Arashiyama "Storm Mountain" is a pleasant touristy district in the far west of Kyoto, tucked along the base of the Arashiyama Mountains.
It is a 30 minutes trip from the center of the city whether you go by train, bus or bicycle. There is a 3-vehiculer sightseeing plan that you can choose from to start your day of adventure around Arashiyama.
First is the rickshaw ride through the bamboo forest to the World Heritage Site Tenryu-ji Temple.
The second is the spectacular scenery on view from the Sagano Romantic Train. It crosses a railroad bridge at one point，giving you a magnificent view regardless of where you are seated.
The Hozu river rafting is the third part. You’ll enjoy the scenery during the 16km downstream ride from Kameoka to Arashiyama.
Every December the Arashiyama Hanatuoro "Light and Blossoms Pathway" is held，with light-ups for the narrow bamboo forest path and the Watanabe Bridge.
Night-time visits to the temples such as Nison-in and Jojakko-ji Temple are also allowed，and so many people visit at this time of year to see a different side of Arashiyama.
Sagano Romantic Train is a scenic ride on a steam train through Arashiyama area taking you as far as Kameoka.
It runs along the Hozu River taking about 25 minutes to make the seven kilometer journey and giving passengers a pleasant view of the scenery as they travel from Arashiyama through the forested ravine and into rural Kameoka.
Many people enjoy riding the train to Kameoka and then taking the Hozu River Cruise back to Arashiyama.
Hozu River Cruises are sightseeing boat rides down the Hozu River from Kameoka to Arashiyama.
To experience Arashiyama to the fullest, the river cruise is your best bet! A variety of boats, small or large, both rowed and motored, are waiting on either side of the river. Be sure to confirm how far and for how long the trip goes, though. Some are as long as two hours, and others will do a quick turnaround in less than twenty minutes.
Be prepared to get splashed and take appropriate precautions for electronic equipment.
The drop off point sets you down just outside the entrance to Iwatayama Monkey Park, a great location to begin your stroll around the sights of Arashiyama.
The main street of Arashiyama and the famed Togetsu-kyo Bridge are the heart of Arashiyama district.
Walk upriver to Monkey Park Iwatayama, or into Tenryu-ji Temple and on into the Bamboo Forest which leads you to Okochi Sanso.
Monkey Park Iwatayama is a great place for those looking to get away from the abundance of temples and shrines in the city. Escape the crowds and mingle with the macaque monkeys at the Arashiyama’s lovely hilltop park.
The entrance to the park can be found just south of the Togetsukyo Bridge. After a ten minutes hike uphill, you will find an open area with 170 monkeys roaming freely.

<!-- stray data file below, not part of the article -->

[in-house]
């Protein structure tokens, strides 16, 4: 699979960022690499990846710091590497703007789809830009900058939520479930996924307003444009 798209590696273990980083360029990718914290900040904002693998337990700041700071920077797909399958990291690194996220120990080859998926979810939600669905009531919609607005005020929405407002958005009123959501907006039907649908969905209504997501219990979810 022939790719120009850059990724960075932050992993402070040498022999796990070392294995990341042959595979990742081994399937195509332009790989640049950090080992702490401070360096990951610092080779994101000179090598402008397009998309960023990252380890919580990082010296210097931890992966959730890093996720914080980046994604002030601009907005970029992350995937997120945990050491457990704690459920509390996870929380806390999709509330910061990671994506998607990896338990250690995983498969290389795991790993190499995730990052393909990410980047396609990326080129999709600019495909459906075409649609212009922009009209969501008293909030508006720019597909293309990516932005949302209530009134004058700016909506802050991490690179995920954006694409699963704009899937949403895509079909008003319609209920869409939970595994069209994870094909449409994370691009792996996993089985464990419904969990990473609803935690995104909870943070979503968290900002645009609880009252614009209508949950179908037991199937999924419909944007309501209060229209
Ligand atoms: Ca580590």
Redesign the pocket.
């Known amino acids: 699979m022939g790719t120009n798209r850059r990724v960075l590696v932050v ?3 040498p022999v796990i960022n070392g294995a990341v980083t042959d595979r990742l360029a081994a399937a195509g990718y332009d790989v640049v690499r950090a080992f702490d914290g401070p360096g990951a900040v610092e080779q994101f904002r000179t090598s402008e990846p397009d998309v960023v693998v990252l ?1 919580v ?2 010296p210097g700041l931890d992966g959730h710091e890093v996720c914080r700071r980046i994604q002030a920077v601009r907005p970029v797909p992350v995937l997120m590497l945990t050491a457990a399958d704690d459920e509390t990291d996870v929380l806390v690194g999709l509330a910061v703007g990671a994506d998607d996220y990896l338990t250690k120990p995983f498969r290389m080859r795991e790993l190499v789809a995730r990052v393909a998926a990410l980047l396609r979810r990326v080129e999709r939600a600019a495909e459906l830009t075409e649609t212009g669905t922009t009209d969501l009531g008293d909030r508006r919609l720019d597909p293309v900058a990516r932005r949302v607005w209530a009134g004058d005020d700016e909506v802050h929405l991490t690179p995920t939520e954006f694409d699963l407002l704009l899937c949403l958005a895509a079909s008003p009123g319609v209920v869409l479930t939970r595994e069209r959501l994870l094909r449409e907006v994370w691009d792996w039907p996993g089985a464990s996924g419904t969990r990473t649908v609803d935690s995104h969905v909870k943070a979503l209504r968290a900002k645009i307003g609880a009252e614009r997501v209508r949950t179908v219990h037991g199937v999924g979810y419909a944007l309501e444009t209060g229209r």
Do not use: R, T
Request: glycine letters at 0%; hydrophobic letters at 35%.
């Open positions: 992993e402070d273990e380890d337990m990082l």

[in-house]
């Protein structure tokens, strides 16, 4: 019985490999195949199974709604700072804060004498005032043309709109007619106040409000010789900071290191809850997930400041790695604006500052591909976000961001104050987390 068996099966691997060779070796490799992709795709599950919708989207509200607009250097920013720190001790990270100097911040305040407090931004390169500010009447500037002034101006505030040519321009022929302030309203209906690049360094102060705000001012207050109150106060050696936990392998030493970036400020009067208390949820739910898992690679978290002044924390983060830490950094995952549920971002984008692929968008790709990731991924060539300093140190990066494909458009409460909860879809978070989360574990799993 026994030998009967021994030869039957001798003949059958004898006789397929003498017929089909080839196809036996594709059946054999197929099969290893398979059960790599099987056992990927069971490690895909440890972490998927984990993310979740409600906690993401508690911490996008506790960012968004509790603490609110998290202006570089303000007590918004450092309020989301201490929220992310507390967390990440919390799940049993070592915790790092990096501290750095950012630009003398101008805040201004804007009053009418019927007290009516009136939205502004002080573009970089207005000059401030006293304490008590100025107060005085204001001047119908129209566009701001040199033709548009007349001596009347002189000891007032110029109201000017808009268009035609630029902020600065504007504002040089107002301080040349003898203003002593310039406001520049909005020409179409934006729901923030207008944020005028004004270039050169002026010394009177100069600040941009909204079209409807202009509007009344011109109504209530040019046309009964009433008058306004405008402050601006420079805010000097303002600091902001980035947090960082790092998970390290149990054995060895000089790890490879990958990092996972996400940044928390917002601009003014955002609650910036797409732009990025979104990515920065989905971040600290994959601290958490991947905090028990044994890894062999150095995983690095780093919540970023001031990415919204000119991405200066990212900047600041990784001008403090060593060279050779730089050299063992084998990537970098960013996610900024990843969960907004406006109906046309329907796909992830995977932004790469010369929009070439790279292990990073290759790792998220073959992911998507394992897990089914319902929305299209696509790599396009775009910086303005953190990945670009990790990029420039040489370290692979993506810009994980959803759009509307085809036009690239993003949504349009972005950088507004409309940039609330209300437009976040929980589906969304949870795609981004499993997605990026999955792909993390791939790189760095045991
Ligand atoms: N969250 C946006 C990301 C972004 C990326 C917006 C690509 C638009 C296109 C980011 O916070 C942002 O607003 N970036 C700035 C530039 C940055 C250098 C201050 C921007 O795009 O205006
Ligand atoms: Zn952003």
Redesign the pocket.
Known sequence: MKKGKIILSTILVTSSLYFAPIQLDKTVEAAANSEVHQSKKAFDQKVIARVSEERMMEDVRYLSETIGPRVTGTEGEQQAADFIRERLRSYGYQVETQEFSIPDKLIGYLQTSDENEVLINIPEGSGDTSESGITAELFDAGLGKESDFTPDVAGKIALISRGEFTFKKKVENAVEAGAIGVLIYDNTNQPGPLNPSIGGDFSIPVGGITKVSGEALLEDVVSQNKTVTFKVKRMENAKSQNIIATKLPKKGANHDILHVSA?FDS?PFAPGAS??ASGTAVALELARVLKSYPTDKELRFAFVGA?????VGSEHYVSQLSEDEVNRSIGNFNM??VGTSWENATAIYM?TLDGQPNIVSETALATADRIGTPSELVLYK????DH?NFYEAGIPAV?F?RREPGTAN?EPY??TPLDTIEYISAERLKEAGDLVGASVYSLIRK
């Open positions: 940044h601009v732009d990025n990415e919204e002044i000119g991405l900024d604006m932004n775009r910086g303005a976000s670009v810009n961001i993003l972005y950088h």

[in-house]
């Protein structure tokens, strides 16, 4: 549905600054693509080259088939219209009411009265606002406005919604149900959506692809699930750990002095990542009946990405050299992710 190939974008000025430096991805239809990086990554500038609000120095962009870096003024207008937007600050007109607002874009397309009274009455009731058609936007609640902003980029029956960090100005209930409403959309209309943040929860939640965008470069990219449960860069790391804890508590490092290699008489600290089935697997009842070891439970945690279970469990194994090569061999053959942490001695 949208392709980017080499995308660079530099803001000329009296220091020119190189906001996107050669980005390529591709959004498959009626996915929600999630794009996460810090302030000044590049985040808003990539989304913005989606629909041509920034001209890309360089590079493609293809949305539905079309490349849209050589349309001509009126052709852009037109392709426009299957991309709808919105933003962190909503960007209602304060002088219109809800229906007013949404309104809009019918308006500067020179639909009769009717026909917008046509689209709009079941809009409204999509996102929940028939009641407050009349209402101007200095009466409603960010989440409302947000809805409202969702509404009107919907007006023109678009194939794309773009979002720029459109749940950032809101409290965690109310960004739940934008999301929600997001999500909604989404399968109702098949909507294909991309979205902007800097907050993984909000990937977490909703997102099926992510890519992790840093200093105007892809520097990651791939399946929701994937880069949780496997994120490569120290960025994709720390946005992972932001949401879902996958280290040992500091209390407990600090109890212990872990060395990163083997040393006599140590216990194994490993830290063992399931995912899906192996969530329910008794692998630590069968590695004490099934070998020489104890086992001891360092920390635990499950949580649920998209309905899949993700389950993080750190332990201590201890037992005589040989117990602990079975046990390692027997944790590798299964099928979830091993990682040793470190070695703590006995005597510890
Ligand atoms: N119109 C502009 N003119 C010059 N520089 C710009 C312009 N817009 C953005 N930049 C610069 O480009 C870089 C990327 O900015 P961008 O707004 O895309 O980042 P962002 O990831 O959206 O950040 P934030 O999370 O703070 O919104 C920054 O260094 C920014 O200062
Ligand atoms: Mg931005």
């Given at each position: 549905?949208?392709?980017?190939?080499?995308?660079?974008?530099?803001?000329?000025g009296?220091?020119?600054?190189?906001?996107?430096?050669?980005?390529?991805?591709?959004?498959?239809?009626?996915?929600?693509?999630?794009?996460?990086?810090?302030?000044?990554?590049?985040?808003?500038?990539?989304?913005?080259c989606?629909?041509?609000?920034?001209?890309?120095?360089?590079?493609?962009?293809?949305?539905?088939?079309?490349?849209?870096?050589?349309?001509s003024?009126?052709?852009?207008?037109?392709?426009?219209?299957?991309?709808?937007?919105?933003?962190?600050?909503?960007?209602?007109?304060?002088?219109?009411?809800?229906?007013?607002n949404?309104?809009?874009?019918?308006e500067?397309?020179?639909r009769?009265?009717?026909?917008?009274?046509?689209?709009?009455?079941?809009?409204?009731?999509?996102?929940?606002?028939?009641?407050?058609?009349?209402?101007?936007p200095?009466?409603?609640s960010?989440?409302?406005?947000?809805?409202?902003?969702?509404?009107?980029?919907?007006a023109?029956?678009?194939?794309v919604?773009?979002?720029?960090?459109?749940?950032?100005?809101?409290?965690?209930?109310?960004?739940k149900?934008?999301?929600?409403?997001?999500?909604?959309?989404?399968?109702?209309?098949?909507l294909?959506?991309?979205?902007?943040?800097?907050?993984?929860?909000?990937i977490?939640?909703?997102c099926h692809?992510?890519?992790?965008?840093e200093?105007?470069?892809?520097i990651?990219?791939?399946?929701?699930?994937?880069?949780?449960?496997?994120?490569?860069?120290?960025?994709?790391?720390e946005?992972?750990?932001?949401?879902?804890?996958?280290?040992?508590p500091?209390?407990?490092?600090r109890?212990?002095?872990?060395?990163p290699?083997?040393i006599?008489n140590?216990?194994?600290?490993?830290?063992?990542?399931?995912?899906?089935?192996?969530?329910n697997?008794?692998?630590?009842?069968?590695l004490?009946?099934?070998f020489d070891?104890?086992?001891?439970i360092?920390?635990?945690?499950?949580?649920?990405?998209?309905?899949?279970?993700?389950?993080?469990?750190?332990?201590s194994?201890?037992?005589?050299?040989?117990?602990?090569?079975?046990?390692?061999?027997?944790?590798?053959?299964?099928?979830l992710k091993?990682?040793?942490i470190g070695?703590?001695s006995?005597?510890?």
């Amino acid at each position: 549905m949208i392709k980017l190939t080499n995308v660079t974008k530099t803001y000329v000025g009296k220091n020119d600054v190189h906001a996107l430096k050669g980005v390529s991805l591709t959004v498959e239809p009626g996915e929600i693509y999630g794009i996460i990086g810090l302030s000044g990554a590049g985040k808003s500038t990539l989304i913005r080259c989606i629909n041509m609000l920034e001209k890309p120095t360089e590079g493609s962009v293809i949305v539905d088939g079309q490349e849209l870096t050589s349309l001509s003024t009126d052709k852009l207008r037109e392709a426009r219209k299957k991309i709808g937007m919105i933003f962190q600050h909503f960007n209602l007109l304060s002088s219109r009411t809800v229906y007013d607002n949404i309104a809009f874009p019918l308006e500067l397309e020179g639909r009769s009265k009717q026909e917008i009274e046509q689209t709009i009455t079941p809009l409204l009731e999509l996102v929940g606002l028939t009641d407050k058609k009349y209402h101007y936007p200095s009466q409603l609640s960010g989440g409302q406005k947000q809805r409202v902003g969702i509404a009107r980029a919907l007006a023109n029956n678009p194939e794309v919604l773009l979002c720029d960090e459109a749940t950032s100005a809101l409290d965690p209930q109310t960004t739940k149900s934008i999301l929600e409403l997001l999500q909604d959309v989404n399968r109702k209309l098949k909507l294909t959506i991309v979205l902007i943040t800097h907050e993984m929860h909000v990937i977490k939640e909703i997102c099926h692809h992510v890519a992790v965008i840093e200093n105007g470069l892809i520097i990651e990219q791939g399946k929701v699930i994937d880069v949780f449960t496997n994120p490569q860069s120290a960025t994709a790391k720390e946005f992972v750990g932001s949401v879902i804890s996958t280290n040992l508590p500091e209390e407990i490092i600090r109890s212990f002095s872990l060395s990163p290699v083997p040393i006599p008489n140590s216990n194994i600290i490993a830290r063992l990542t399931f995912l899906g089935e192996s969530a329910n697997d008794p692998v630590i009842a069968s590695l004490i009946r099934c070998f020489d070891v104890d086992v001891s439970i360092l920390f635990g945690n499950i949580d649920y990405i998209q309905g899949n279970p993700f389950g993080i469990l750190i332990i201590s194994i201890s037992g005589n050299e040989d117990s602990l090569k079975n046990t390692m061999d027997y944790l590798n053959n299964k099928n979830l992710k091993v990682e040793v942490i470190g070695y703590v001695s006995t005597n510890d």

The animals are wild but can be fed food purchased at the site. Peanuts are on sale inside the shack on top of the mountain, and the monkeys are well aware of it.
Togetsukyo Bridge has been a landmark in Arashiyama District for over four hundred years.
The bridge, which rather poetically reads as "Moon Crossing Bridge" in English, was originally built during the Heian Period "794-1185" and most recently reconstructed in the 1930s.
The mountain that gives the area its name is a powerful presence, changing through the seasons; fountains of cherry blossoms in spring, lush and green in summer and a living palette of color, from the most delicate of yellows to deep rust hues, as the leaves change in autumn.
Tenryu-ji a sprawling Zen temple with wonderful mountain views, is one of the Kyoto's Unesco World Heritage Sites.
Tenryu-ji is the head temple of the Tenryu branch of Rinzai Zen Buddhism, and also ranked number one among Kyoto's Five Great Zen Temples.
The temple was established in 1339 by the shogun Ashikaga Takauji. It is the largest and most important temple in Arashiyama district.
After your walk, make your way slowly uphill and head out the back way and through the Arashiyama’s splendid Bamboo Groves to reach the Okochi Sanso Villa.
It is an impressive mountain retreat, previously occupied by Japanese silent screen legend Okochi Denjiro, located in the back of bamboo groves.
The grounds have something beautiful to offer each season but are probably at their best during autumn, when the trees explode into fiery shades of red and gold and of course the fine views of the city below.
Jojakkoji Temple with small attractive buildings and gates is a quaint temple on the main Arashiyama tourist route that offers a quiet atmosphere.
It is a fine spot to sit and gather your thoughts while exploring Arashiyama.
Jojakkoji Temple is quite beautiful in the autumn when the leaves are changing, and the view of the city from just above the pagoda is truly spectacular.